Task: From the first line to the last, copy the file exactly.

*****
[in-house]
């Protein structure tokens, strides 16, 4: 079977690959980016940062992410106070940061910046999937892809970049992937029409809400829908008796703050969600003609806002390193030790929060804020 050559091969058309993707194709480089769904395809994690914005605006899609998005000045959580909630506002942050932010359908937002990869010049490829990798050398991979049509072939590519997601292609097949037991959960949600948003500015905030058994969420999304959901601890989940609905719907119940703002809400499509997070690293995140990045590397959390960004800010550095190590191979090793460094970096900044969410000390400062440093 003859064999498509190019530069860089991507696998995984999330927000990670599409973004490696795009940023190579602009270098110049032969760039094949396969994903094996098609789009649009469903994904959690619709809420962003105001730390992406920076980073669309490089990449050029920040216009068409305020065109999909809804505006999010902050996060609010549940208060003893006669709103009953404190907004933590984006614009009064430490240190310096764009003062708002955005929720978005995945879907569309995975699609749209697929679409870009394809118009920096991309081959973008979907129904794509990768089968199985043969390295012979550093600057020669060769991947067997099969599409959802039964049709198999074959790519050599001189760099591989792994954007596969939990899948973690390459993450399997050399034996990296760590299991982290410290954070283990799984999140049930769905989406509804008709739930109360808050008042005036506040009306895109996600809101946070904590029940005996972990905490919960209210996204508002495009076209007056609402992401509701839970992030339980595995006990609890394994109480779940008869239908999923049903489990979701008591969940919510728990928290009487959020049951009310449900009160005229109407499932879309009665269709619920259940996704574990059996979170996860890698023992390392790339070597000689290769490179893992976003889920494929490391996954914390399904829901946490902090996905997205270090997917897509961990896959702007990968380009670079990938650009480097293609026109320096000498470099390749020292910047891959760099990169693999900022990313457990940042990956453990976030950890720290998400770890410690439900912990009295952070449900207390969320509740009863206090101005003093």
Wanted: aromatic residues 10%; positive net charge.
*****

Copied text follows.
[in-house]
């Protein structure tokens, strides 16, 4: 079977690959980016940062992410106070940061910046999937892809970049992937029409809400829908008796703050969600003609806002390193030790929060804020 050559091969058309993707194709480089769904395809994690914005605006899609998005000045959580909630506002942050932010359908937002990869010049490829990798050398991979049509072939590519997601292609097949037991959960949600948003500015905030058994969420999304959901601890989940609905719907119940703002809400499509997070690293995140990045590397959390960004800010550095190590191979090793460094970096900044969410000390400062440093 003859064999498509190019530069860089991507696998995984999330927000990670599409973004490696795009940023190579602009270098110049032969760039094949396969994903094996098609789009649009469903994904959690619709809420962003105001730390992406920076980073669309490089990449050029920040216009068409305020065109999909809804505006999010902050996060609010549940208060003893006669709103009953404190907004933590984006614009009064430490240190310096764009003062708002955005929720978005995945879907569309995975699609749209697929679409870009394809118009920096991309081959973008979907129904794509990768089968199985043969390295012979550093600057020669060769991947067997099969599409959802039964049709198999074959790519050599001189760099591989792994954007596969939990899948973690390459993450399997050399034996990296760590299991982290410290954070283990799984999140049930769905989406509804008709739930109360808050008042005036506040009306895109996600809101946070904590029940005996972990905490919960209210996204508002495009076209007056609402992401509701839970992030339980595995006990609890394994109480779940008869239908999923049903489990979701008591969940919510728990928290009487959020049951009310449900009160005229109407499932879309009665269709619920259940996704574990059996979170996860890698023992390392790339070597000689290769490179893992976003889920494929490391996954914390399904829901946490902090996905997205270090997917897509961990896959702007990968380009670079990938650009480097293609026109320096000498470099390749020292910047891959760099990169693999900022990313457990940042990956453990976030950890720290998400770890410690439900912990009295952070449900207390969320509740009863206090101005003093």
Wanted: aromatic residues 10%; positive net charge.